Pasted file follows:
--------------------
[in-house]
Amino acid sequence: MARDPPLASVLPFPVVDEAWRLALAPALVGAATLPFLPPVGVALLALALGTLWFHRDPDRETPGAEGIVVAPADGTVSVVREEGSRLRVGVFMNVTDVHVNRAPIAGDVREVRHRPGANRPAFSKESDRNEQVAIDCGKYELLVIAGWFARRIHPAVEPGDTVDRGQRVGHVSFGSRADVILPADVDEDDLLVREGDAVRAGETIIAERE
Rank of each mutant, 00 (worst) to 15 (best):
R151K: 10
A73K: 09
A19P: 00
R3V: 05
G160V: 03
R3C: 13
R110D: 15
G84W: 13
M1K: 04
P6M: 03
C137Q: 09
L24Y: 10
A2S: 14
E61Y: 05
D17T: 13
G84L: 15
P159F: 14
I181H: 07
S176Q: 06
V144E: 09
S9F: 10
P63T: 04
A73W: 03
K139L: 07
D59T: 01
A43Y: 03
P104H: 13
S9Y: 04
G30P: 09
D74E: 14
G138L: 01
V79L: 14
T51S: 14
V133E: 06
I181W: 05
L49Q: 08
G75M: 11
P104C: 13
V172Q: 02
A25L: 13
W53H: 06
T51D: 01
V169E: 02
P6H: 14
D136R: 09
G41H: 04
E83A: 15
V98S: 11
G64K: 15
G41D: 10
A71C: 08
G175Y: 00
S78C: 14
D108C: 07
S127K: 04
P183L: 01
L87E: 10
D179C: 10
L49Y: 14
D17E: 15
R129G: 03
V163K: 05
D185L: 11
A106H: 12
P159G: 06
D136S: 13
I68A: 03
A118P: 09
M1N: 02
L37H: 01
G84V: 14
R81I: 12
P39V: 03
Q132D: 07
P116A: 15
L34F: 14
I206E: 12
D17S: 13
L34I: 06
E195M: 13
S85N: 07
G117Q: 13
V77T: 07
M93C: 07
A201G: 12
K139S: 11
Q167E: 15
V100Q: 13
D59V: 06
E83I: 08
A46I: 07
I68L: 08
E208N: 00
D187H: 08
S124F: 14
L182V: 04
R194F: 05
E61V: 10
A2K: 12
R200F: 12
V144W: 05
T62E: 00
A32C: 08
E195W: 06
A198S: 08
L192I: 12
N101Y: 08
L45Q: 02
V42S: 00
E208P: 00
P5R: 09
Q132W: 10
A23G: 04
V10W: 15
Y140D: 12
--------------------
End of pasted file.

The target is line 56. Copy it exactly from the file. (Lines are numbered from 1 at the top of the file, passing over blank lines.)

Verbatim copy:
S78C: 14